Tomorrow the 29th December, Zambia shall celebrate 32 years as a Christian Nation. This declaration was made by President Chiluba of the MMD, the party I lead today.
The questions on the minds of many Zambians are many. How does the declaration contribute to the manner in which we govern ourselves?

How different is Zambia from other nations who have not declared themselves Christian? The MMD is unsatisfied with the manner in which Christian values are not being integrated into the life blood of our politics. The hatred and deep divisions in our nation could be reduced if Christianity was given greater prominence. This was the intention of the declaration, in his own words President Chiluba declared the following:“ I have entered into a covenant with the Lord Jesus Christ. I submit myself, the government and the people of Zambia to the Lordship of Jesus Christ. May this message reach all civil servants that the time for corruption is over.” He closed the declaration by announcing what he called a NEW DAWN for Zambia.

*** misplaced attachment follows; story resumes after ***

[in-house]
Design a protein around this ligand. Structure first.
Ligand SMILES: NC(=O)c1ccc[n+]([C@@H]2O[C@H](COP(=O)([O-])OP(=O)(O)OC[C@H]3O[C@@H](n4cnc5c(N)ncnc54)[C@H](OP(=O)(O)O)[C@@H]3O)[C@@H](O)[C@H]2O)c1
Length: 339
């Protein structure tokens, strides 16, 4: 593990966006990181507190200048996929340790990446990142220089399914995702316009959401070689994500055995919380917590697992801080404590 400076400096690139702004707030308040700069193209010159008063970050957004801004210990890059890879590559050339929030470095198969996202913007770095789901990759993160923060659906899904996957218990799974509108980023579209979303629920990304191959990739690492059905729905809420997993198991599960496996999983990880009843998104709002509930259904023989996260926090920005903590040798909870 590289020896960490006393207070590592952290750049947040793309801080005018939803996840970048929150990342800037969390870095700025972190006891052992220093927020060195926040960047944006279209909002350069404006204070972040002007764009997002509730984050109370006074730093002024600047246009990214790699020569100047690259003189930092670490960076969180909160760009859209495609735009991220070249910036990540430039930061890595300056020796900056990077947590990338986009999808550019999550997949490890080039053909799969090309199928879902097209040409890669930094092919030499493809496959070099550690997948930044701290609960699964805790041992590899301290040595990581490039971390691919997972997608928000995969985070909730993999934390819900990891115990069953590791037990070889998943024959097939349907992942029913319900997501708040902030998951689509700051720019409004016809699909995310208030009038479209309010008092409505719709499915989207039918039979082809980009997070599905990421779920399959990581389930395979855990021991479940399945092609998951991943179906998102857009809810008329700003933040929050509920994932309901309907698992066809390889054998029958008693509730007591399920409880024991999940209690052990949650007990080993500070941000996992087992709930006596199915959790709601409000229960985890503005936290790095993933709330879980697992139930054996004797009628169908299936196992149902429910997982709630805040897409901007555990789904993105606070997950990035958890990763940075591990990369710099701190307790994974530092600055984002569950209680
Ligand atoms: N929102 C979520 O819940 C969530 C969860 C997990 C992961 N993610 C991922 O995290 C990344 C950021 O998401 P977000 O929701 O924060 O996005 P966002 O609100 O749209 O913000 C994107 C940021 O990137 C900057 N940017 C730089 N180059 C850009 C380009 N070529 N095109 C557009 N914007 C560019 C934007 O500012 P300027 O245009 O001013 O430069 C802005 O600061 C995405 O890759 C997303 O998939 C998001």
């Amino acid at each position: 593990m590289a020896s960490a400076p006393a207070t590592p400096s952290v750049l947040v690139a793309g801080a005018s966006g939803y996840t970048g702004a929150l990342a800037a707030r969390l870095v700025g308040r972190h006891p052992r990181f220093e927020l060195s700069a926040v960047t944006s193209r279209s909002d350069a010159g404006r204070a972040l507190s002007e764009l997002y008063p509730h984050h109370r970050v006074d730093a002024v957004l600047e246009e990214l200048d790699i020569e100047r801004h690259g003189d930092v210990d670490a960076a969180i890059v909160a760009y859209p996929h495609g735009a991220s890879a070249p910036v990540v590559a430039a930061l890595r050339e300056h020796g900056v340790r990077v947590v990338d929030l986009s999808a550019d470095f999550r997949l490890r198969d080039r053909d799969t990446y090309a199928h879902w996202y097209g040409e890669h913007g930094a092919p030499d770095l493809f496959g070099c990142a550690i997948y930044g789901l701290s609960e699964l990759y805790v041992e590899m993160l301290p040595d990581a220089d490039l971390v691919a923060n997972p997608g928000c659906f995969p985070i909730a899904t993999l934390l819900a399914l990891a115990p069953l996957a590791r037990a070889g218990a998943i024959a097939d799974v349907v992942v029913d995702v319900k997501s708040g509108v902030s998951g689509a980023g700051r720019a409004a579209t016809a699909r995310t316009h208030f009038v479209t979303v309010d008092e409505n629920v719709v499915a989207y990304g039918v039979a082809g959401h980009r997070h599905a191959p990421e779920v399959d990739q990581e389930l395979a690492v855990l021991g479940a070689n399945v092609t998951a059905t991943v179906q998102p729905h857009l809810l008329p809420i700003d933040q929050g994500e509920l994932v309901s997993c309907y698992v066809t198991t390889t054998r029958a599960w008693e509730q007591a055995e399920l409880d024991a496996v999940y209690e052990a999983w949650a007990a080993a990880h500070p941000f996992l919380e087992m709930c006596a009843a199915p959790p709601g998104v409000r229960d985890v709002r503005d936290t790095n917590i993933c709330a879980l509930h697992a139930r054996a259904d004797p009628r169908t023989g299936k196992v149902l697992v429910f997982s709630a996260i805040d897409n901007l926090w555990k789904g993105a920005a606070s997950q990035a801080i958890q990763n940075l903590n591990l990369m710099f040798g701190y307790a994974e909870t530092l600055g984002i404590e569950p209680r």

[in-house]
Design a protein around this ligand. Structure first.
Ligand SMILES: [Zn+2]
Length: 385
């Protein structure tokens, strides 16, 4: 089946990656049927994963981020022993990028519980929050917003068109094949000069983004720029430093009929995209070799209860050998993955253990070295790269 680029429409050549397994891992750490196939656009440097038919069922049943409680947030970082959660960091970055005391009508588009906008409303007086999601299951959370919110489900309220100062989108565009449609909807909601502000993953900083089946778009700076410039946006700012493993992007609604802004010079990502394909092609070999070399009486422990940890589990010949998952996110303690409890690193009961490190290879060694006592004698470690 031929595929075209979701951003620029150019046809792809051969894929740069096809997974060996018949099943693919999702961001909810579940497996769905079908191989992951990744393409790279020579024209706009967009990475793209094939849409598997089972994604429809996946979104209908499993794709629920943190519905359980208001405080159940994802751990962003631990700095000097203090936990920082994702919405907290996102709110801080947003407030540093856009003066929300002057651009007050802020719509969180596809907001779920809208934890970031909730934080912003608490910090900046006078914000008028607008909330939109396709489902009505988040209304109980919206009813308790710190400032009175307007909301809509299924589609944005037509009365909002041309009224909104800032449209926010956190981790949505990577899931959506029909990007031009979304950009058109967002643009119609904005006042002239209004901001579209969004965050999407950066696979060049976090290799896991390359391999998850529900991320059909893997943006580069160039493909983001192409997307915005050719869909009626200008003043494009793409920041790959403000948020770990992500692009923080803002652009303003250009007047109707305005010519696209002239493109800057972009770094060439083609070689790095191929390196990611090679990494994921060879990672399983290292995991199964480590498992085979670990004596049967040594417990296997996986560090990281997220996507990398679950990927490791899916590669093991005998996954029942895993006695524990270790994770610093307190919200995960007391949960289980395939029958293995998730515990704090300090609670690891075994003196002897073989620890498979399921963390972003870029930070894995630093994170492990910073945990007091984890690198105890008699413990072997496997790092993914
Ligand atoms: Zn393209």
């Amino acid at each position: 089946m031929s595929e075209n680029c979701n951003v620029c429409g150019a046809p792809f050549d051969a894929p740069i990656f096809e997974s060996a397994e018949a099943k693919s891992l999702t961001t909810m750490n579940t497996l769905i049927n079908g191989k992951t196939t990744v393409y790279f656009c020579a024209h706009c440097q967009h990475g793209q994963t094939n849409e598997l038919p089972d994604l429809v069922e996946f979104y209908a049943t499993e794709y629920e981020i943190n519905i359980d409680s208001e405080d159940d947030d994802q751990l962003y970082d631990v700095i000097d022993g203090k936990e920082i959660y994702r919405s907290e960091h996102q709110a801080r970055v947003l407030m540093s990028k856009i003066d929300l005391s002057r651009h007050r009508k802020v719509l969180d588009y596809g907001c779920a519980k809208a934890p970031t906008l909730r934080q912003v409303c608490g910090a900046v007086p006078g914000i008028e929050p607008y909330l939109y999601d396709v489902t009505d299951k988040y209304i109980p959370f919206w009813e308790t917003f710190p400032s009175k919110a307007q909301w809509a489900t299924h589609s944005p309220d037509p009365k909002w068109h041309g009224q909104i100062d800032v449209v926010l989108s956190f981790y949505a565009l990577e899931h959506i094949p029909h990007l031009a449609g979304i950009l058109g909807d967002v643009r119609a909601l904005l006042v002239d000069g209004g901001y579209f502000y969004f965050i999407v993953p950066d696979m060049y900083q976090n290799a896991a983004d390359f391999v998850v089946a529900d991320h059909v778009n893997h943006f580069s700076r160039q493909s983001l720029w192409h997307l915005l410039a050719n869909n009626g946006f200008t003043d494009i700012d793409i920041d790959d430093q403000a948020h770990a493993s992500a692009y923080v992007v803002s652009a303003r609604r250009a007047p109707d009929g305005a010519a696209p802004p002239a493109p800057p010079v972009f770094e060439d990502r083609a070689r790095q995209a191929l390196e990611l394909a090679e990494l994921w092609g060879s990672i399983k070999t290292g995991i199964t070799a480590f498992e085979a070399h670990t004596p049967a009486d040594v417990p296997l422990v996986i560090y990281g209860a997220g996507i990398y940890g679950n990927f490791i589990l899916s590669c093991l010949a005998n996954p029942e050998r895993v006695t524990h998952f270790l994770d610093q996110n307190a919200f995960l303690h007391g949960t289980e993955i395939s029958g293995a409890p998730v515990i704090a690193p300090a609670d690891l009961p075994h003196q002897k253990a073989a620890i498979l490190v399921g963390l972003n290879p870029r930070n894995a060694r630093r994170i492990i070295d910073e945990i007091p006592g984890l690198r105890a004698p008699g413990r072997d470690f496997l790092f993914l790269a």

Up until today, this declaration is only used for romantic reasons. The MMD wishes to propose the deepening of this declaration by:

1. Holding all public officials accountable to the basic values of our faith, equitable delivery of goods and services to the people and upholding the values of justice and peace as taught in the scriptures.
2. To complete the construction of the national house of prayer to stand as a landmark of the declaration.
3. To combine the days of prayer and fasting with the anniversary date on which the declaration was made and make it a public holiday on which national unity shall be specifically promoted. More like the American day of thanksgiving.

May the declaration of Zambia as a Christian Nation remain the bedrock of our democracy, today and always.
May God bless the Republic of Zambia.

I thank you.